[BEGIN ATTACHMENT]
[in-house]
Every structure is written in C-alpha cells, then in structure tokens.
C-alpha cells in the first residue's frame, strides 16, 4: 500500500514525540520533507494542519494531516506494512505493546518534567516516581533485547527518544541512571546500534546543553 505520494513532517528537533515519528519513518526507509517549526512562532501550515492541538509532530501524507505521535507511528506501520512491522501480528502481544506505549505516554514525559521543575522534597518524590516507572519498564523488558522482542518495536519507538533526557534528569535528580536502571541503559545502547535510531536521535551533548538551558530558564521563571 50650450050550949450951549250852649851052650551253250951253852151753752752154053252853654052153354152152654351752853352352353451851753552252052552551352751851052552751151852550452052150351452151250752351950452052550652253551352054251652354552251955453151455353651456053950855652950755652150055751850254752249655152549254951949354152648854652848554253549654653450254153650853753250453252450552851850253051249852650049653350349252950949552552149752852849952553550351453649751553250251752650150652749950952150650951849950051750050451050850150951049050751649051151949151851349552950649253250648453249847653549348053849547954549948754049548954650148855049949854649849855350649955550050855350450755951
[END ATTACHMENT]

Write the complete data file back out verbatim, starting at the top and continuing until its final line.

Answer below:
[in-house]
Every structure is written in C-alpha cells, then in structure tokens.
C-alpha cells in the first residue's frame, strides 16, 4: 500500500514525540520533507494542519494531516506494512505493546518534567516516581533485547527518544541512571546500534546543553 505520494513532517528537533515519528519513518526507509517549526512562532501550515492541538509532530501524507505521535507511528506501520512491522501480528502481544506505549505516554514525559521543575522534597518524590516507572519498564523488558522482542518495536519507538533526557534528569535528580536502571541503559545502547535510531536521535551533548538551558530558564521563571 50650450050550949450951549250852649851052650551253250951253852151753752752154053252853654052153354152152654351752853352352353451851753552252052552551352751851052552751151852550452052150351452151250752351950452052550652253551352054251652354552251955453151455353651456053950855652950755652150055751850254752249655152549254951949354152648854652848554253549654653450254153650853753250453252450552851850253051249852650049653350349252950949552552149752852849952553550351453649751553250251752650150652749950952150650951849950051750050451050850150951049050751649051151949151851349552950649253250648453249847653549348053849547954549948754049548954650148855049949854649849855350649955550050855350450755951